Perkins: Army Must Hit the Ground Running
As the Army continues to shrink, strategists are heavily focused on more quickly launching deployed forces into offensive action on future battlefields, says Gen. David G. Perkins, commander of the U.S. Army Training and Doctrine Command.
“A lot of folks focus primarily on the word ‘deploy,’” Perkins said. “But it’s really about building agility into the force so you can get the right things there quickly, and then continue to transition quickly and continually into offensive operations.” His comments came at a recent professional forum on land forces before the Association of the U.S. Army’s Virginia Colonial Chapter at the College of William & Mary, Williamsburg, Va.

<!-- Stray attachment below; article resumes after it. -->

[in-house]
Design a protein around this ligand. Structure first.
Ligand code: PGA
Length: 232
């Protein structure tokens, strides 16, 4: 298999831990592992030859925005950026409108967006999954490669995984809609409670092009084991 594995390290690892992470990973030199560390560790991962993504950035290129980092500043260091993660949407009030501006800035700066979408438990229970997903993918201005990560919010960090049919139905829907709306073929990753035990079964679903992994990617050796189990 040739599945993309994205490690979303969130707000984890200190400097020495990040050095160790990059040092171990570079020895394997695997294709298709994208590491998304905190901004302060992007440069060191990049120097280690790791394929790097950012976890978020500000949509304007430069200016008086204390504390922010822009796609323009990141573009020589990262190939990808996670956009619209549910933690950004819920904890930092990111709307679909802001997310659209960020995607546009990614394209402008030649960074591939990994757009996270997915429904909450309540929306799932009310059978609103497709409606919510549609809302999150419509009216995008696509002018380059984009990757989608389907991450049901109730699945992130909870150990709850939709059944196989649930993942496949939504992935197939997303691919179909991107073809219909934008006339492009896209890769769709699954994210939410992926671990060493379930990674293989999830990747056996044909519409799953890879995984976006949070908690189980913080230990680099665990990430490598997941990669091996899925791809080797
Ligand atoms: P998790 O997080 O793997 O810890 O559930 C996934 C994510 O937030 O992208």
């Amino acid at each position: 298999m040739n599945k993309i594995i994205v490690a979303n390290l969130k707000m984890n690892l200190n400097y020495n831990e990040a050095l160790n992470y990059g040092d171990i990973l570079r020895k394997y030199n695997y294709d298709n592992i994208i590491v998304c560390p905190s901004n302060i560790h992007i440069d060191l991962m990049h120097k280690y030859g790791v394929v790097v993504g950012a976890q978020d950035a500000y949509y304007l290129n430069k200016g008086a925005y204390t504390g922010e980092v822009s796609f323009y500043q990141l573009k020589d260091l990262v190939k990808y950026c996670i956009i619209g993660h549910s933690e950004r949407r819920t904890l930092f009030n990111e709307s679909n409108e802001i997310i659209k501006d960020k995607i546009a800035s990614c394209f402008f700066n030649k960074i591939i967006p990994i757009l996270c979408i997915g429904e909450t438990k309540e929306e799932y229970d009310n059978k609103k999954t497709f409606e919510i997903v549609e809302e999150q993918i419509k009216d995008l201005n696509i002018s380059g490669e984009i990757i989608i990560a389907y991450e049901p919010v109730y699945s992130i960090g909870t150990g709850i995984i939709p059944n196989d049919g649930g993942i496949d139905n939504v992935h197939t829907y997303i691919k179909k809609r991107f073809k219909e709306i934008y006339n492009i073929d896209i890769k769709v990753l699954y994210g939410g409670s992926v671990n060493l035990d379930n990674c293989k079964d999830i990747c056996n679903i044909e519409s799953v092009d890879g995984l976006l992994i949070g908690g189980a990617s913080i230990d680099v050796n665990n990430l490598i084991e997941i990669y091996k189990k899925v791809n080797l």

Potential adversaries “have gone to school on us” in making a priority of anti-access and aerial denial to keep U.S. forces from gaining an initial foothold from which to expand and employ their combat power, Perkins said.
“The higher the op tempo, the advantage generally accrues to us,” he said. “We start to get at a disadvantage when the tempo of operations starts to slow down—we’re generally in an away game, our enemy is much closer to a home game, they can start to set the environment to our disadvantage.
“So what we want to do is be able to deploy, transition quickly to offensive operations and maintain a high op tempo,” he said. “We get to choose the tempo, we get to choose the objective. It’s really a different way of looking at how we train, how we organize, how we deploy, and how we effectively transition to offensive operations.”